Well, he had to get there in the end. Goddammit, if we had to keep playing him until he was fifty years old, he would get that scoring record! The magic 250. A wicked and wonderful strike rasping into the top corner of Lee Grant’s goal, for the stick he gets, Wayne Rooney did a better job of sticking the ball in the onion bag than anyone else managed on Saturday afternoon. Once again United had 4,567 chances and chose to spurn almost all of them. However, blushes were spared with Wayne Rooney breaking a record that seemed to edge further away the more he reached for it.

In many ways, it is not hard to think only records have kept Rooney, these days, considering his steep decline. Over the last four years, Rooney has often looked an expensive albatross around United’s neck. Under José Mourinho, he’s been limited to the Ryan Giggs style beloved cameo. Although, without question, Rooney has looked better, and happier, since exchanging his undroppable status for the squad player role.

Nevertheless, the facts speak for themselves. Rooney managed to break Sir Bobby Charlton’s record in 212 fewer games that Charlton managed his 249. That’s a damn fine achievement, even more-so when considering he also has over 100 league assists, a feat only two other players in the last 25 years have managed. Rooney is the all-time club leading goalscorer, a record that will likely stand for some time, as the prospect of prized, attacking players staying at one club for over a decade is increasingly a novelty.

So all those numbers means that Rooney is great. Isn’t he?!

We live in an age of hyperbole and extremes. As Charlie Brooker said in his wickedly funny but ultimately melancholic review of 2016, everything is either rubbish or great. Plenty have argued Rooney is both. In truth, he is neither.

Leaving aside warring demi-gods Ronaldo and Messi’s freakish brilliance, Rooney doesn’t quite match up to the greats of his era. Andrés Iniesta, Xavi, Thierry Henry, Gareth Bale, Kaká and of course, Zlatan Ibrahimović, all achieved levels of performance Rooney at his best almost touched, yet just fell short. Moreover, those boys delivered consistently. Rooney, even at his rampaging best, was a patchy player.

On form, he was a force of nature. A category 5 superstorm that laid waste to everyone. Unparalleled work rate, amazing athleticism and astonishing technique. If Rooney possessed the ball anywhere within forty yards of the opposition goal, there was imminent danger. He could caress it, blast it, place or head it, and there was absolutely naff all you could do about it.

Forget his United debut hat-trick. Try instead his performance against AC Milan in the first leg of the 2007 Champions League semi final. A game billed as Ronaldo vs Kaka. Rooney rolled into town and stole the show, bagging a brace while dragging United to a 3-2 win they would never deserved without him.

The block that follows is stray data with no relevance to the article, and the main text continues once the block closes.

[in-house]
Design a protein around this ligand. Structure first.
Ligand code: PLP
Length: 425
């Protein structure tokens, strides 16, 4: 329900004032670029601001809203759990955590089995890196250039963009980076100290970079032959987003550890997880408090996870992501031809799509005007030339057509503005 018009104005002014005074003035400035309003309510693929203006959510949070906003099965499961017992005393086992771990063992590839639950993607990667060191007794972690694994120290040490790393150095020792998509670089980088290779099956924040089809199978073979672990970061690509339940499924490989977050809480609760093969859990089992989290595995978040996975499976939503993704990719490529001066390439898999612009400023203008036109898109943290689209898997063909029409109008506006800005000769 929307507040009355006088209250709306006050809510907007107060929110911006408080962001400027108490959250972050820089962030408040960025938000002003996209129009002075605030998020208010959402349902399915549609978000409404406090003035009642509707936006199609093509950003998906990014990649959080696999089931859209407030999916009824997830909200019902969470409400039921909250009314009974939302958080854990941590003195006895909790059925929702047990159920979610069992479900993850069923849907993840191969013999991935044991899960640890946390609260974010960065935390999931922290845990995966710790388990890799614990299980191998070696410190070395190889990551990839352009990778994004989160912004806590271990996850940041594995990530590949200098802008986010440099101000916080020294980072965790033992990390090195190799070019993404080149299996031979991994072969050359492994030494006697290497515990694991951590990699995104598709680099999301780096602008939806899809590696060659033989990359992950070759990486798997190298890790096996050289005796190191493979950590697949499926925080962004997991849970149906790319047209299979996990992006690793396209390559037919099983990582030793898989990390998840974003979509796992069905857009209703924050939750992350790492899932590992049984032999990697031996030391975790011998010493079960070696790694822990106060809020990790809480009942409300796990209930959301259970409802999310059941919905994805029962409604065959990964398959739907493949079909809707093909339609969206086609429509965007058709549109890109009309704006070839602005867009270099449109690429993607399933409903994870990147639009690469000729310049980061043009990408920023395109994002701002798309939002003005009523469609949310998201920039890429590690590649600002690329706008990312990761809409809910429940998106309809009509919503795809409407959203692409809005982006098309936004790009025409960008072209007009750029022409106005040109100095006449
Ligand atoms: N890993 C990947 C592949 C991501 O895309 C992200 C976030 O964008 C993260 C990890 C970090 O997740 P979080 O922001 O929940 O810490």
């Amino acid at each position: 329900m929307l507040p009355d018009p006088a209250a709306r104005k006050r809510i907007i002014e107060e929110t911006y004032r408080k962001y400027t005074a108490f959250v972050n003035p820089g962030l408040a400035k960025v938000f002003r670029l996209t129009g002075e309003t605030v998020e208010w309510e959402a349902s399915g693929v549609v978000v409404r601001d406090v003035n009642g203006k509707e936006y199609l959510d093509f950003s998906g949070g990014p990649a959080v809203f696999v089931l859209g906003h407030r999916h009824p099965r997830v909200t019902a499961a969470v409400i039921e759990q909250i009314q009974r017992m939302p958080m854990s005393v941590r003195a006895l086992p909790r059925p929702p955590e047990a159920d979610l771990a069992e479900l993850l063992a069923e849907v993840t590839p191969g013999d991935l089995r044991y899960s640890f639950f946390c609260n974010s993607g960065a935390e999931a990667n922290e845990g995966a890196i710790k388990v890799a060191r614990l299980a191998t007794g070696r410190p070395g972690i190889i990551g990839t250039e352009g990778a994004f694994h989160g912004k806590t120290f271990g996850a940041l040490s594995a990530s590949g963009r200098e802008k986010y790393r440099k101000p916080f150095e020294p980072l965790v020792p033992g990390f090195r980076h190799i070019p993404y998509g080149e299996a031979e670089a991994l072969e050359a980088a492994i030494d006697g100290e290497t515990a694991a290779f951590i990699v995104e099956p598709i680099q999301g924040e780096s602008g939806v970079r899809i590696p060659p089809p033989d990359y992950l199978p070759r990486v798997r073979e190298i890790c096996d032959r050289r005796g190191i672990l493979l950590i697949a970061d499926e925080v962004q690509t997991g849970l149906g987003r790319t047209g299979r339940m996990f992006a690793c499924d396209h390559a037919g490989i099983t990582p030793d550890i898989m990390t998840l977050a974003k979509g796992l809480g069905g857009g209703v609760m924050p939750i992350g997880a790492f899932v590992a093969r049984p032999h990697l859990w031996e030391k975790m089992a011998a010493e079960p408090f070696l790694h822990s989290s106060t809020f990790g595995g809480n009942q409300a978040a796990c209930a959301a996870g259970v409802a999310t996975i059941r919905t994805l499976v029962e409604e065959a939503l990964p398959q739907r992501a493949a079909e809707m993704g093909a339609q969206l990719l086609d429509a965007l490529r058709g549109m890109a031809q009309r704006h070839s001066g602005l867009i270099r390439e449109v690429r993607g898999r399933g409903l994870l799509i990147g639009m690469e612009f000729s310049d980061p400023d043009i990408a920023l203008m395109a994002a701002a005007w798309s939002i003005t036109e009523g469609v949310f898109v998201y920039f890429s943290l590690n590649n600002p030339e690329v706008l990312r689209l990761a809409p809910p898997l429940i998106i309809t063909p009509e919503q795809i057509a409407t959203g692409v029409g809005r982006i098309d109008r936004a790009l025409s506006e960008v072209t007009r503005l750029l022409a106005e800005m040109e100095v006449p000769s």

However, when in one of his fairly frequent off-colour spells, Rooney was incredibly frustrating. Leaden-footed, ill-tempered, with the eye for the goal of a naked mole rat. Consistency has always been Rooney’s problem, no doubt caused by a lax attitude to his fitness, often turning up to pre-season training or returning from injury massively overweight.

Food, booze and fags galore, Rooney was the last ludicrously talented amateur to ply his trade for a major club.

It’s a sad fact such an attitude–not that he would give two f***s himself–prevented him from having the longevity his new teammate Zlatan enjoys.

Patchy does not make one great. Not in the true sense of the word. Still, Rooney is very good. True greatness is a feat few in a generation manage. Ryan Giggs, club legend that he is, was not great. Making 963 appearances alone is not greatness. He was injury prone and sometimes as capable of being utterly useless as he could be unplayable. Paul Gasgcoine, the man Rooney is so often compared to, didn’t even manage very good. Mental illness and poor choices in friends sabotaged his chances of anything more than brief flashes of brilliance.

“Very good” as a career assessment is no insult. Ninety percent of us won’t even manage that in anything except whinging. Rooney’s career has been very good indeed. Goals, assists, excitement and being an important figure in a club winning every major trophy available (we won’t count Ingerlund because it’s a waste of time). If any of us managed “very good” on our best day we would and should be extremely happy. Wayne Mark Rooney hit that standard on a regular basis, for which, as a Manchester United fan, I am extremely thankful.

He may never have reached true greatness but Rooney has etched his name in United folklore as an icon. In eventual retirement, he can look back on a career with no regrets whatsoever.

Have a drink on me, Wayne. Sod the press, you earned it.